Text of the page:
- New Publication on Wheat Mannan
- Our first preprint: the importance of seed mucilage polymers
- Review of orthogonal hosts to study cell wall synthesis
Research interests: Sugars! They are fundamental to all living cells. Plant cells are strengthened by carbohydrate-rich walls, and can thus survive in a wide range of environments. Since wall glycans make up the bulk of the plant biomass, they represent the most abundant renewable resource on Earth. In addition, cell walls are dynamic structures and play many critical functions throughout the plant life cycle. Our laboratory focuses on three outstanding questions in the field of glycobiology:
i) What are the control points for the elongation of polysaccharide backbones?
ii) What modulates the decoration of polysaccharides with specific branches?
iii) How do remodelled glycans impact the cell wall architecture and function?
Advances in these areas will pave the way for the assembly of sugar units into tailor-made structures with desirable properties for industrial applications.
Deciphering Heteromannan Biosynthesis
Plant cell walls primarily consist of cellulose microfibrils cross-linked by hemicellulose and, to a lesser extent, pectin. Junctions between these distinct classes of polysaccharides govern the biomechanical properties of the wall. Heteromannan (HM) is regarded as the most ancient hemicellulose, and is found throughout the plant kingdom. Despite their widespread distribution, the biosynthesis of HM polysaccharides has been grossly understudied relative to other plant cell wall components. The global demand for HM extracted from plant seeds has increased substantially in recent years due to its utility as an environmentally-friendly thickener in foods, cosmetics, and in many other industries. Furthermore, as the main component of the crema atop espresso, HM enhances the texture of the coffee beverage consumed by millions around the world on a daily basis.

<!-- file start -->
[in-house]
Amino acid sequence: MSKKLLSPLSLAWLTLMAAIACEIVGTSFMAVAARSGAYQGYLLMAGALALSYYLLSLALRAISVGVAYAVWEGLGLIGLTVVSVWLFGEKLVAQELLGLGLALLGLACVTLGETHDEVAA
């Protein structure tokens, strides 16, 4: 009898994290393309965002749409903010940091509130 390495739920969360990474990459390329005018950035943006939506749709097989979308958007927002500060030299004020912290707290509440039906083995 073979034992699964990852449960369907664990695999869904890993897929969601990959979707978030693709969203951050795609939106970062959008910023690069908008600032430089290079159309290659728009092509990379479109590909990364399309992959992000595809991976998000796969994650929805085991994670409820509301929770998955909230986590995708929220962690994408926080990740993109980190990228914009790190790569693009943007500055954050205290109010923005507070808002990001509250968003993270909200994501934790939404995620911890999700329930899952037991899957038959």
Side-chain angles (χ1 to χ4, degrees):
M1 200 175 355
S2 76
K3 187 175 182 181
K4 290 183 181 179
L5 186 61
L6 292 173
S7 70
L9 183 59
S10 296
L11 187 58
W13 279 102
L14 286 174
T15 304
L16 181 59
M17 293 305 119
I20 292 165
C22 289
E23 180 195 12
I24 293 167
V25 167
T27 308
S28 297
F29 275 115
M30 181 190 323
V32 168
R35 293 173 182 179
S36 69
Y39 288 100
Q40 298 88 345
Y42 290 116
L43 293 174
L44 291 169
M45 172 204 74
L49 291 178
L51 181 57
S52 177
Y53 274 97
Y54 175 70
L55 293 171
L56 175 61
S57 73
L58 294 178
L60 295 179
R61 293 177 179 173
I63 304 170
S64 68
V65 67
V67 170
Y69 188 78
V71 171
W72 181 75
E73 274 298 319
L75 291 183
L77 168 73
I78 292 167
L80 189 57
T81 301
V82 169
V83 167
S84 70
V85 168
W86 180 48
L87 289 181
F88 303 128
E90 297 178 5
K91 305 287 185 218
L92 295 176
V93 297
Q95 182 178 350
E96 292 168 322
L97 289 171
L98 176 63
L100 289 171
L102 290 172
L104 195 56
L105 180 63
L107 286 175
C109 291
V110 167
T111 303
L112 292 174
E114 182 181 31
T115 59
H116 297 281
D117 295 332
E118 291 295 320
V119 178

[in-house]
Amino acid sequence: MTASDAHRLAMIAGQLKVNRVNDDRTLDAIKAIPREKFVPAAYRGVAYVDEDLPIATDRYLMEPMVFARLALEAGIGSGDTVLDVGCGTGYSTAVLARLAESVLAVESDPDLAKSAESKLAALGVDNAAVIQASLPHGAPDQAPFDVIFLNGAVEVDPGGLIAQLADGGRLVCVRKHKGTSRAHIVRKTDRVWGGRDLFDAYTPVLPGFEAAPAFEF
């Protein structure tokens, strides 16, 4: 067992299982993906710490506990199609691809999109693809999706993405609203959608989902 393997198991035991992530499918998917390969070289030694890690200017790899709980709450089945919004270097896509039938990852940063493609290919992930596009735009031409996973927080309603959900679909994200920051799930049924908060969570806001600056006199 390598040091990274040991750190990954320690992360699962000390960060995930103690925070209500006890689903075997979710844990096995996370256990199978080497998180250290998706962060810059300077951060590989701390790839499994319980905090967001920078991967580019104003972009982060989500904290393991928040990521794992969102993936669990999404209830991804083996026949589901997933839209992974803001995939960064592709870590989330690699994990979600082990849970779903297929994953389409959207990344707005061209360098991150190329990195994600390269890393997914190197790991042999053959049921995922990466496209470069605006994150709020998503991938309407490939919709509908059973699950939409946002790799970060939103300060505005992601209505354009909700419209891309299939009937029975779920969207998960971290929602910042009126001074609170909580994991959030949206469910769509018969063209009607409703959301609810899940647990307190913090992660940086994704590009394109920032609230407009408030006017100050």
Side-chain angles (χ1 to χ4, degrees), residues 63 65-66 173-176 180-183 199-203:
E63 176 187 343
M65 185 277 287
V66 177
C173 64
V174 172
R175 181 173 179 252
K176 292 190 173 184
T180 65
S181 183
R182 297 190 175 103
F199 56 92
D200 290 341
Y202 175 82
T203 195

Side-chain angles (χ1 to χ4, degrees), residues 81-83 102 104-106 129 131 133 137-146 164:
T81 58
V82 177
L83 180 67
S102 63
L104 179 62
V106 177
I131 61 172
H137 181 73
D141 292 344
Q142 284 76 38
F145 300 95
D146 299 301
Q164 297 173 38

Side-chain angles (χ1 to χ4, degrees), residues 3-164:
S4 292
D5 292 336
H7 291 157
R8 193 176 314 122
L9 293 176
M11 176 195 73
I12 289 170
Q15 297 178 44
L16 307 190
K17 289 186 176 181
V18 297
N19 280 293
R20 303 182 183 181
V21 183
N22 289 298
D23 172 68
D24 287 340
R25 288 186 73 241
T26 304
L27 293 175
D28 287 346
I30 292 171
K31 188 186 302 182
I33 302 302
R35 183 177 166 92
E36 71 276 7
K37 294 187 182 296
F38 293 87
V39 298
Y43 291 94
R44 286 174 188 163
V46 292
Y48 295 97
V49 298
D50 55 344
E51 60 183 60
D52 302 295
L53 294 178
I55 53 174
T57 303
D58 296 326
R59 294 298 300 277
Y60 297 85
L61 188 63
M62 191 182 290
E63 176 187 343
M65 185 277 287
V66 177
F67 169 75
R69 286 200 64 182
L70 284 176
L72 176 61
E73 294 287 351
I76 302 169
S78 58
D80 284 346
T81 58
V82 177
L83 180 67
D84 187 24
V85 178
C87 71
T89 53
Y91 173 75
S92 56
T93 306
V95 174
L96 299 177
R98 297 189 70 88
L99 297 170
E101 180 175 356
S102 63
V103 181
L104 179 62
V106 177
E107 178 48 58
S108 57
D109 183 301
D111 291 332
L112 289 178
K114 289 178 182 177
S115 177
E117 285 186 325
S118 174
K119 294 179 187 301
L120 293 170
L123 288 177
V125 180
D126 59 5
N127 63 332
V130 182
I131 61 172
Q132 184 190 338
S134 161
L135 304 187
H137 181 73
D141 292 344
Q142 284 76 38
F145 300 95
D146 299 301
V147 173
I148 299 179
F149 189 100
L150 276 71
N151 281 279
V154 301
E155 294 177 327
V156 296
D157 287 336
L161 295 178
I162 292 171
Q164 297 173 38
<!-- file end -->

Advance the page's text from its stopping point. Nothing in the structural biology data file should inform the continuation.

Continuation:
Although the genomics era has ushered the identification of multiple genes involved in HM biosynthesis, most of them remain to be functionally characterized. Members of the Designer Glycans laboratory apply synthetic biology tools to gain mechanistic insight into HM biosynthesis, using yeast (such as Pichia pastoris) and Arabidopsis thaliana seed coat epidermal cells as model systems. Yeast cell walls lack hemicelluloses, but can be quickly engineered to produce large amounts of HM by expressing plant glycosyltransferases (Voiniciuc et al., 2019, PNAS).